So here was my quick thought process…remember, this was a “Oh by the way question”.  Was this child reacting to stress at home, or were we beginning to see a child who has trouble with a mood problem like depression or anxiety, or was this a child with developmental delays who could not cope and tantrum to get out of situations, or was this a child who felt physically ill manifesting as fatigue and truly couldn’t cope?

Fortunately, I stumbled right into what is probably the right answer.

I asked if he slept well, and specifically did he snore?

They said he did snore and was a restless sleeper.

Now the big question:  Is he rested when he gets up in the morning or does he have a difficult time getting going in the morning?  Yes he is irritable and slow in the morning they said…DING,DING,DING…now we are getting somewhere.

 

 

This is a perfect example to highlight the importance of sleep to a child’s well being.

Turns out that Johnny’s large tonsils and adenoids were causing serious sleep problems for him.

He was tired and frazzled all the time.

He just couldn’t cope with the demands of school and melted down when he was overwhelmed by fatigue.

An alert teacher and parents knew something was wrong and they took action… good for them.

A tonsillectomy cured this child’s behavior problem at school by giving him a large enough airway in sleep to allow him to get restorative sleep.

Surgeons curing behavior problems and improving school performance…what won’t they figure out next?

 

 

So here are the take home points I want you to remember from today’s cast.

Snoring during sleep is usually not a health problem except when a child, or an adult for that matter, doesn’t get enough quality sleep to feel restored.

School age children are very prone to obstructive sleep because they have small noses and throats, large tonsils and adenoids due to so many nose and throat infections, are frequently congested, and have a higher need for sleep.

If a child is sleep deprived, the consequences are very large for them including learning problems, behavior difficulties, impulsiveness with all it’s consequences, and more frequent illnesses.

If you think your child may have trouble with sleep, talk to your pediatrician… they may be able to help.

If they can’t help, most big cities now have sleep specialists who are expert in these matters… be your child’s advocate…you will be glad you did.

 

Again, thank you for joining me today.

I am truly flattered by the following we are starting to get for the blog.

I had no idea I would become a media personality in my next career.

Comments on Itunes, face book or twitter are welcome.

I will post insightful comments on my blog so keep those coming.

Please spread the DocSmo word to your friends.

I try and bring you high quality, peer reviewed and referenced information in a very approachable form.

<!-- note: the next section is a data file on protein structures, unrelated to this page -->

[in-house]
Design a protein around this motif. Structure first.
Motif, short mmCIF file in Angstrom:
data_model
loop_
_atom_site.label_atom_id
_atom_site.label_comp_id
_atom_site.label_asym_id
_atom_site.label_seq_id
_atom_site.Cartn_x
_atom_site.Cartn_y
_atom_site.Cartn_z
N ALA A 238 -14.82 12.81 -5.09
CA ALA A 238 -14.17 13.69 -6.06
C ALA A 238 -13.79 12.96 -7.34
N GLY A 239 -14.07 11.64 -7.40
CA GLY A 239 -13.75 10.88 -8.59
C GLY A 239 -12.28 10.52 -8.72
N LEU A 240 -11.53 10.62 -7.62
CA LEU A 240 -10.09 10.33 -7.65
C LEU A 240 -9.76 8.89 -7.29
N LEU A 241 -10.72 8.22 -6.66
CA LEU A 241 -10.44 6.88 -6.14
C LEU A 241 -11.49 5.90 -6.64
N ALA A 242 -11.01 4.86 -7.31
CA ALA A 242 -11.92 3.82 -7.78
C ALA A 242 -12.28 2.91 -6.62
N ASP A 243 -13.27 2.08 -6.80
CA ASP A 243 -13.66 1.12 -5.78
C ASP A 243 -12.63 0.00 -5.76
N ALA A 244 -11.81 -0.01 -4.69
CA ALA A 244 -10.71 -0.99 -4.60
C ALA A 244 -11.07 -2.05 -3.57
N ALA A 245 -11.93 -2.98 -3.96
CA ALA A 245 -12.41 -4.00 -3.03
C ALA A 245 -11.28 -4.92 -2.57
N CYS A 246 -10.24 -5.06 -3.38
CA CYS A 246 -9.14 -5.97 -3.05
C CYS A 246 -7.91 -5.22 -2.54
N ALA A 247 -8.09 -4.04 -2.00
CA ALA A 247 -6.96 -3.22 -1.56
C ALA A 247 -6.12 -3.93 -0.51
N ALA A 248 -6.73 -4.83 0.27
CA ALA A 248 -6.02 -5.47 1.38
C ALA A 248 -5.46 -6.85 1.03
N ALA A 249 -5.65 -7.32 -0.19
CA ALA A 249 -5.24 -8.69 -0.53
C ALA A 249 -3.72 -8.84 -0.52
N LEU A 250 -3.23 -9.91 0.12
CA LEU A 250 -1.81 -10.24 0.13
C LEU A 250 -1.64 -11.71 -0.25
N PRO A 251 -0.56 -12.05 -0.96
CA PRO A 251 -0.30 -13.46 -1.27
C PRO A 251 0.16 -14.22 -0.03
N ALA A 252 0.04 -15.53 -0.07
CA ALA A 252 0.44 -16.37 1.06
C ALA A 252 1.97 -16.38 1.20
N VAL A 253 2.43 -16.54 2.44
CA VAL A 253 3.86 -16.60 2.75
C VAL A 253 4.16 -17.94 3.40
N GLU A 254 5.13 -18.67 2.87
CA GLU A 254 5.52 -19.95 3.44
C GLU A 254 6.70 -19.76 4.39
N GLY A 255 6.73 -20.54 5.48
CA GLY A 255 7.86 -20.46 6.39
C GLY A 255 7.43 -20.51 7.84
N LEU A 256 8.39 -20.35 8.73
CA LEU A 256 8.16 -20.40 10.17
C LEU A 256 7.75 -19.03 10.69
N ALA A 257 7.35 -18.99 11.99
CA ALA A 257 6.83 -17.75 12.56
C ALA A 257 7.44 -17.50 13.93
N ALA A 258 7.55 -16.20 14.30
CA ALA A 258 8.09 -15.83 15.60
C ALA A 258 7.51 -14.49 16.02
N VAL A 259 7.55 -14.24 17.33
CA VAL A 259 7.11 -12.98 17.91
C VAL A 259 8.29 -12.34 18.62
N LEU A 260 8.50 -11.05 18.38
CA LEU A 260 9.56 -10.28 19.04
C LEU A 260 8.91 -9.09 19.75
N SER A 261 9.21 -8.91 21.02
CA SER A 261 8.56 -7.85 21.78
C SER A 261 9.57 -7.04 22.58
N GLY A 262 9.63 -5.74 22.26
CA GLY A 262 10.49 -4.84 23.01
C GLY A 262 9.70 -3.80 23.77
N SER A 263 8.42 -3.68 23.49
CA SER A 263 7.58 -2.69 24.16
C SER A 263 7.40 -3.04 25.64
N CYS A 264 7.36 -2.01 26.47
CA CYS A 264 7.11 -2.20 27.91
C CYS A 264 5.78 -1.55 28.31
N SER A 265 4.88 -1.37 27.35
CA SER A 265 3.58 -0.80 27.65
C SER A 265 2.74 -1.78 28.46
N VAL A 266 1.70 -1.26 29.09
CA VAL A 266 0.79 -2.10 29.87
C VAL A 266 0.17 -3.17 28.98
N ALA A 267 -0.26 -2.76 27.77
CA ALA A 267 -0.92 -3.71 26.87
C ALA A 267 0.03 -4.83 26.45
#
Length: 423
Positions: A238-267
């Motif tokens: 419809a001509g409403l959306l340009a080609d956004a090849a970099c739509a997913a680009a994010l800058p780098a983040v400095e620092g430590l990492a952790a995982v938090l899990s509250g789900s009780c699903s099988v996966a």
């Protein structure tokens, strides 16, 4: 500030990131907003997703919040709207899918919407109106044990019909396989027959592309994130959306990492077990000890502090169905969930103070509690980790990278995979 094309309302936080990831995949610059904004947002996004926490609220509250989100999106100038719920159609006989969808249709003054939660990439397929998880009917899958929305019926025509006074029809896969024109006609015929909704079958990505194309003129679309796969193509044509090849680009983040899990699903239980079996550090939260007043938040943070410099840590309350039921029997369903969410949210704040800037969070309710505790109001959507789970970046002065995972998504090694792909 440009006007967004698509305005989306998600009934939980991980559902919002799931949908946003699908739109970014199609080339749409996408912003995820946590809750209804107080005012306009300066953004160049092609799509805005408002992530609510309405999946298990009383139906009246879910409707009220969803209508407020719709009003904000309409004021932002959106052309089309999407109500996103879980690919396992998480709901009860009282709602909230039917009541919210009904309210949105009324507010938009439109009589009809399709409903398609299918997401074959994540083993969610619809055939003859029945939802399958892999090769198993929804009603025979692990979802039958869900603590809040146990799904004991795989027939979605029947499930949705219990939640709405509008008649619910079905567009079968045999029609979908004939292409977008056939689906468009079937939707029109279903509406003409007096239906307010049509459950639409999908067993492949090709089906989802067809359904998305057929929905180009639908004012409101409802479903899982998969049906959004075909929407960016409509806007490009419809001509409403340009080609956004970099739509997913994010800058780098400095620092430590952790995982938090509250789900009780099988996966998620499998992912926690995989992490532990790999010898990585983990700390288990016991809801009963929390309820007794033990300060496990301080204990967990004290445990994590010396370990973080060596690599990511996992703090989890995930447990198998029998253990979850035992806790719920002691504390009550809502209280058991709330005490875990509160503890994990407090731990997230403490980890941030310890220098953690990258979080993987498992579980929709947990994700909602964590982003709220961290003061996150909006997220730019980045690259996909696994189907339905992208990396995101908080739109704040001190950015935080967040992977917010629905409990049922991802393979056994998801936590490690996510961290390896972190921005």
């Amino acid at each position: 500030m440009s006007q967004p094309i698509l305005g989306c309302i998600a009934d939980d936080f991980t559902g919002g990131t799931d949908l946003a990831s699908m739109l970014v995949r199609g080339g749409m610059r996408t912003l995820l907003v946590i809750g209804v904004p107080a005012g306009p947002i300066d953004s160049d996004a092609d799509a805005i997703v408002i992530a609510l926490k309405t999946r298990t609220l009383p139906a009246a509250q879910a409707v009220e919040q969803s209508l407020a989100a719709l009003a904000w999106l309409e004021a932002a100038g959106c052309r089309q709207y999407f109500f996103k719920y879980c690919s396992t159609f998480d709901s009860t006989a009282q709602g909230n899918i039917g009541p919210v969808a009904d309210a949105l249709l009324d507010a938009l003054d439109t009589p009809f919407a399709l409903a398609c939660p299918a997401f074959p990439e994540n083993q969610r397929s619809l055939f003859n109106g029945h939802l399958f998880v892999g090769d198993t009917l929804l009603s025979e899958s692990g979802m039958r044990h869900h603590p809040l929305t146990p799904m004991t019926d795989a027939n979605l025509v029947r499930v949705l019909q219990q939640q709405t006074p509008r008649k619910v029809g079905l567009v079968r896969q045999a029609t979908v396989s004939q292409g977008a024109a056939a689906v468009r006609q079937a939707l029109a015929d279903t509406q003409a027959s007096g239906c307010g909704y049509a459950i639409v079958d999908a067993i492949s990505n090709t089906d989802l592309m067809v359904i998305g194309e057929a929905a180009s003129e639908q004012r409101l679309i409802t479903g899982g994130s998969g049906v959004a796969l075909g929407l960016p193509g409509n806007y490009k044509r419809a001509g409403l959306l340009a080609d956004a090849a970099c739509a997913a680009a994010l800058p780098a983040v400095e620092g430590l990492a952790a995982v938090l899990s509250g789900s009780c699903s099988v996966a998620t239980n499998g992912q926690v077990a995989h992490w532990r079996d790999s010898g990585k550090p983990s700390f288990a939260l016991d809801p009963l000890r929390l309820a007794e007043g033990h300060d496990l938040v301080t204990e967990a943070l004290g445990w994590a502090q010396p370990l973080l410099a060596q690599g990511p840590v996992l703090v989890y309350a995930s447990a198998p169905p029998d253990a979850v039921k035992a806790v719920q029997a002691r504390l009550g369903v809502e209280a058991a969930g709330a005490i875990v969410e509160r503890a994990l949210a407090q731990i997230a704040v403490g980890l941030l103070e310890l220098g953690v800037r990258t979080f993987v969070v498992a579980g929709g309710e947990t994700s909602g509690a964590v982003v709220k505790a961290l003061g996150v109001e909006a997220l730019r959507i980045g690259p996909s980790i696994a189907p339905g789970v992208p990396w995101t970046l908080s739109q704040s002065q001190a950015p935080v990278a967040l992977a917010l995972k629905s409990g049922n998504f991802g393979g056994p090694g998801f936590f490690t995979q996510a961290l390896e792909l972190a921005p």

I have started posting transcripts of each pedcast for those who might prefer to read the content rather than listening… I hope you will find that useful.

This is Dr. Paul Smolen, your host, broadcasting from studio 1E in Charlotte, NC hoping your children won’t make a peep during their restorative sleep.

 

Until next time.

From the desk of Doc Smo: Pediatric Practice, the New Frontier (article)

I get a lot of reading material each week, way more than I can possibly digest with a full time job and a cutting edge blog to run. On Sunday, I received a newsletter from the Center for Disease Control with recent information that they have collected and published. I also get various pediatric new journals, including the journal Pediatrics, as part of my membership to the Academy of Pediatrics. While diving into these publications this week, I was struck by the number of articles that revolve around mental health issues. I went into the practice of pediatrics because I really enjoyed the practice of infectious disease. Pediatrics was an infectious disease specialty when I signed up for duty. Not any more; it seems to be evolving into a mental health specialty. Let me give you a flavor of some of the information that is coming at pediatricians these days:

Pediatrics, November 2011
“Media, Profanity, and Aggression”
“‘Action signs’ for Child Behavioral Health Problems”
“Shyness vs. social phobia”
“School Nurse Treatment of Adolescent Smoking”
“Correlates of Sedentary Behavior in Preschool Children”
“ADHD: Clinical Practice Guideline”
“Media Use by Children Younger than Two Years of Age”

The Mortality and Morbidity Newsletter from the CDC, January 2012
“Quick Stats- Depression in the population divided by age”

Pediatric News, December 2011
“Don’t Let Comorbidities Keep Obese Child on the Couch”
“15 Minute Interview for Serious Mental Disorders”
“Teen Behavior Involving Sexting Varies Widely”

The shift in pediatric practice from infectious disease to a mental health is undeniable. Fortunately, I feel that I am much better equipped to advise families with regards to behavioral issues now that I have 30 years of pediatric experience under my belt. Those families that I tried to help 30 years ago didn’t get as much bang for their buck. We were simply not trained or prepared to help families with behavioral problems, let alone families encountering true mental illness. If things keep going in the direction that I am seeing, the next generation of pediatricians better get ready for an ever-increasing amount of childhood anxiety, depression, behavioral problems, developmental disorders, and autism. Hopefully they will up to the challenge.

“Sit Down and Listen”: ADD News 2011 (Pedcast)

In November of 2011, the Academy of Pediatrics experts revised their guidelines for pediatricians when it comes to the management of children with ADD.  In this edition of  DocSmo.com, Dr Smolen introduces parents to the new changes when it comes to helping children with ADD along with some of his own insights and opinions.  Informed parents will certainly want to listen.